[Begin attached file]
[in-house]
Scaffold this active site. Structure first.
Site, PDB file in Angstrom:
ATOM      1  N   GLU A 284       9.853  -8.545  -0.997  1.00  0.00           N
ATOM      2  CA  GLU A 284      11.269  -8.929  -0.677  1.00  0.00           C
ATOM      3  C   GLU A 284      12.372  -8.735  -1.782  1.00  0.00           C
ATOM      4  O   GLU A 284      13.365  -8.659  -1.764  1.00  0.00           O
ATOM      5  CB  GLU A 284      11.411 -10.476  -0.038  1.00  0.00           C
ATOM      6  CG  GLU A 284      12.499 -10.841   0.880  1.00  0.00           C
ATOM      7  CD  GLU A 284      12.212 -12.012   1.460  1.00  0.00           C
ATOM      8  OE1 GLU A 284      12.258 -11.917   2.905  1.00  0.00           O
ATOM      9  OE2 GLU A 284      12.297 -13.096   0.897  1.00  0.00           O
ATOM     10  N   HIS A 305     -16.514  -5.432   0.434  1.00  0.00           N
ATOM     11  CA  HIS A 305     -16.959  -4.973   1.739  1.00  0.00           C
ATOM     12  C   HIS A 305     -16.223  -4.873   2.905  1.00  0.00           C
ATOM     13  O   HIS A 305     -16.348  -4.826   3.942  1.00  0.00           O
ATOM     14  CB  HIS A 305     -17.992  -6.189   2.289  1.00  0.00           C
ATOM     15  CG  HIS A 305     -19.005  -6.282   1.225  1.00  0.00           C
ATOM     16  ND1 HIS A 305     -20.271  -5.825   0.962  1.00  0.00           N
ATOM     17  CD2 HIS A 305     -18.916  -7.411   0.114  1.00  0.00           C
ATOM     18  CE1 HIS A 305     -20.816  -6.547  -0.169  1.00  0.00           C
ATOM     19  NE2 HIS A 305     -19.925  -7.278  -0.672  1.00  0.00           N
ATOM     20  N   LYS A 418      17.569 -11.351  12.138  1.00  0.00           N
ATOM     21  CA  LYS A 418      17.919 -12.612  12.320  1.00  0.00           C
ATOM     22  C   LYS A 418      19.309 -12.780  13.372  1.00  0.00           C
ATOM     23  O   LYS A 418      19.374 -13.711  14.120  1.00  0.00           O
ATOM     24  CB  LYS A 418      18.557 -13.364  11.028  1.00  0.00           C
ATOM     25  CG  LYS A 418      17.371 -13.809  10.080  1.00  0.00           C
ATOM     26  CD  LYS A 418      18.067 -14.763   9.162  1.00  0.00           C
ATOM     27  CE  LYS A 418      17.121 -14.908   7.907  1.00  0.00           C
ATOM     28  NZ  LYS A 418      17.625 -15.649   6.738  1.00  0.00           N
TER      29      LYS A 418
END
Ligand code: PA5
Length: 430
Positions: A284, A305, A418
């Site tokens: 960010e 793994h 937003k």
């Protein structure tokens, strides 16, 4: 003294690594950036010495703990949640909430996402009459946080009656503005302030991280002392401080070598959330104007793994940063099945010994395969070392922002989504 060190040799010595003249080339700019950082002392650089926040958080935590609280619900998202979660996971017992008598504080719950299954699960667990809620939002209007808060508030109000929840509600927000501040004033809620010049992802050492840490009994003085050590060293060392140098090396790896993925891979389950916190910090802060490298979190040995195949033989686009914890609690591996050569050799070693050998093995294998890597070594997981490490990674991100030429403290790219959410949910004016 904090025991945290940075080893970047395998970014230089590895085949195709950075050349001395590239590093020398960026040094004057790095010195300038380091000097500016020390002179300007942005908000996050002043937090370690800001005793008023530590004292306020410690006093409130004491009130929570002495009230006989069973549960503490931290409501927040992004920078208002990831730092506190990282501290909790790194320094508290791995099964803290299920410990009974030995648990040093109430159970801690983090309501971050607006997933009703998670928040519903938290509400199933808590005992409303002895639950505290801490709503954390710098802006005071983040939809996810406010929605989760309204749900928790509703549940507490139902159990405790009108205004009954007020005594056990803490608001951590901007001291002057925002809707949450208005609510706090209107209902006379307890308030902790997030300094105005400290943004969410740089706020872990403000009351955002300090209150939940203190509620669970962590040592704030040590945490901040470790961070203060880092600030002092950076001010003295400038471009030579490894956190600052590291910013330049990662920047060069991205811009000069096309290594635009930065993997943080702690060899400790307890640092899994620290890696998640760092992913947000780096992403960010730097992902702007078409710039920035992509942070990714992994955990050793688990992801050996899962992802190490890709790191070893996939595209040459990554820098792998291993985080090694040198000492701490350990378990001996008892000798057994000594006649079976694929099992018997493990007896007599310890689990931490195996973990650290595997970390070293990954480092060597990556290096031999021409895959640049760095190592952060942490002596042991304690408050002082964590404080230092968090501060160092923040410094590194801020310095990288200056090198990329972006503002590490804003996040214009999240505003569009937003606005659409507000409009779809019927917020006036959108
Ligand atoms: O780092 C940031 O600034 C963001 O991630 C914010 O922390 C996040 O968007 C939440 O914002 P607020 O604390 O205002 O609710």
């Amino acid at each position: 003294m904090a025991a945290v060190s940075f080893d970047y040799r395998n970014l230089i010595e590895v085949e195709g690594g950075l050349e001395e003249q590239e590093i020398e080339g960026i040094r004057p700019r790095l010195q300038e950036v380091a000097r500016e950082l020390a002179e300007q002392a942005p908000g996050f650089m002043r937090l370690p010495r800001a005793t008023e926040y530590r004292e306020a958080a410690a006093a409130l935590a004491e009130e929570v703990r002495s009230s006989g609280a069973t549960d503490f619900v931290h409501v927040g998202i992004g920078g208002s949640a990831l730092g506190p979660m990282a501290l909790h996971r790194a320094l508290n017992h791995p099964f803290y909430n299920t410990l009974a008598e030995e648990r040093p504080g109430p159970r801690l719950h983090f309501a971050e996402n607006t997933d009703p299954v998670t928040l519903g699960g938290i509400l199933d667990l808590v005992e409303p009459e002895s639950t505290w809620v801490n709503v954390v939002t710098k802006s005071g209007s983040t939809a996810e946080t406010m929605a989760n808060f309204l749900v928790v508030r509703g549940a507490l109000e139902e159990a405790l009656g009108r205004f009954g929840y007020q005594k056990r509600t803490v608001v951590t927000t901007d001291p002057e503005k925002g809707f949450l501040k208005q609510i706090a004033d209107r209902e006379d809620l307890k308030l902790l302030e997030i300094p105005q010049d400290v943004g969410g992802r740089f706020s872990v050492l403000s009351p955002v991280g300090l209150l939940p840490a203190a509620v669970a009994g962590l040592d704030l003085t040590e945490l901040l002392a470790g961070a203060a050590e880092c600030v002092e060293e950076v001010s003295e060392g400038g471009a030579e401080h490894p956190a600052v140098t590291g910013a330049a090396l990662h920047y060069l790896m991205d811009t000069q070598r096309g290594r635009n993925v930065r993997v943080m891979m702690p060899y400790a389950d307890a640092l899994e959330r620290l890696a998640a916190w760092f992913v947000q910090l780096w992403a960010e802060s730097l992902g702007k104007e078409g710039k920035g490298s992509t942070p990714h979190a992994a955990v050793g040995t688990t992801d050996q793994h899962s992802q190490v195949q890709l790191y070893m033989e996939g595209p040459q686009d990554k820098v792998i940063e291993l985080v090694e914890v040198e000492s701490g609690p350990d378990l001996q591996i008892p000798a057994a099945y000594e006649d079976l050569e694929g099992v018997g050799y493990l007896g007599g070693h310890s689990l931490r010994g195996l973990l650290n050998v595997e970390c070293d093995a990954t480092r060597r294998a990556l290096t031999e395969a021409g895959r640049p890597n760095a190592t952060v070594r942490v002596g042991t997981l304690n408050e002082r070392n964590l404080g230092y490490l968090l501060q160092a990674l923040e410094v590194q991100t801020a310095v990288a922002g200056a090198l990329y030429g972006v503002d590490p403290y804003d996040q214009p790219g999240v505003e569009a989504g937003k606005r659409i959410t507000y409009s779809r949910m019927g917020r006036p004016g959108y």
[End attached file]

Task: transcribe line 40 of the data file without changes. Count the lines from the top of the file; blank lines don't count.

């Amino acid at each position: 003294m904090a025991a945290v060190s940075f080893d970047y040799r395998n970014l230089i010595e590895v085949e195709g690594g950075l050349e001395e003249q590239e590093i020398e080339g960026i040094r004057p700019r790095l010195q300038e950036v380091a000097r500016e950082l020390a002179e300007q002392a942005p908000g996050f650089m002043r937090l370690p010495r800001a005793t008023e926040y530590r004292e306020a958080a410690a006093a409130l935590a004491e009130e929570v703990r002495s009230s006989g609280a069973t549960d503490f619900v931290h409501v927040g998202i992004g920078g208002s949640a990831l730092g506190p979660m990282a501290l909790h996971r790194a320094l508290n017992h791995p099964f803290y909430n299920t410990l009974a008598e030995e648990r040093p504080g109430p159970r801690l719950h983090f309501a971050e996402n607006t997933d009703p299954v998670t928040l519903g699960g938290i509400l199933d667990l808590v005992e409303p009459e002895s639950t505290w809620v801490n709503v954390v939002t710098k802006s005071g209007s983040t939809a996810e946080t406010m929605a989760n808060f309204l749900v928790v508030r509703g549940a507490l109000e139902e159990a405790l009656g009108r205004f009954g929840y007020q005594k056990r509600t803490v608001v951590t927000t901007d001291p002057e503005k925002g809707f949450l501040k208005q609510i706090a004033d209107r209902e006379d809620l307890k308030l902790l302030e997030i300094p105005q010049d400290v943004g969410g992802r740089f706020s872990v050492l403000s009351p955002v991280g300090l209150l939940p840490a203190a509620v669970a009994g962590l040592d704030l003085t040590e945490l901040l002392a470790g961070a203060a050590e880092c600030v002092e060293e950076v001010s003295e060392g400038g471009a030579e401080h490894p956190a600052v140098t590291g910013a330049a090396l990662h920047y060069l790896m991205d811009t000069q070598r096309g290594r635009n993925v930065r993997v943080m891979m702690p060899y400790a389950d307890a640092l899994e959330r620290l890696a998640a916190w760092f992913v947000q910090l780096w992403a960010e802060s730097l992902g702007k104007e078409g710039k920035g490298s992509t942070p990714h979190a992994a955990v050793g040995t688990t992801d050996q793994h899962s992802q190490v195949q890709l790191y070893m033989e996939g595209p040459q686009d990554k820098v792998i940063e291993l985080v090694e914890v040198e000492s701490g609690p350990d378990l001996q591996i008892p000798a057994a099945y000594e006649d079976l050569e694929g099992v018997g050799y493990l007896g007599g070693h310890s689990l931490r010994g195996l973990l650290n050998v595997e970390c070293d093995a990954t480092r060597r294998a990556l290096t031999e395969a021409g895959r640049p890597n760095a190592t952060v070594r942490v002596g042991t997981l304690n408050e002082r070392n964590l404080g230092y490490l968090l501060q160092a990674l923040e410094v590194q991100t801020a310095v990288a922002g200056a090198l990329y030429g972006v503002d590490p403290y804003d996040q214009p790219g999240v505003e569009a989504g937003k606005r659409i959410t507000y409009s779809r949910m019927g917020r006036p004016g959108y």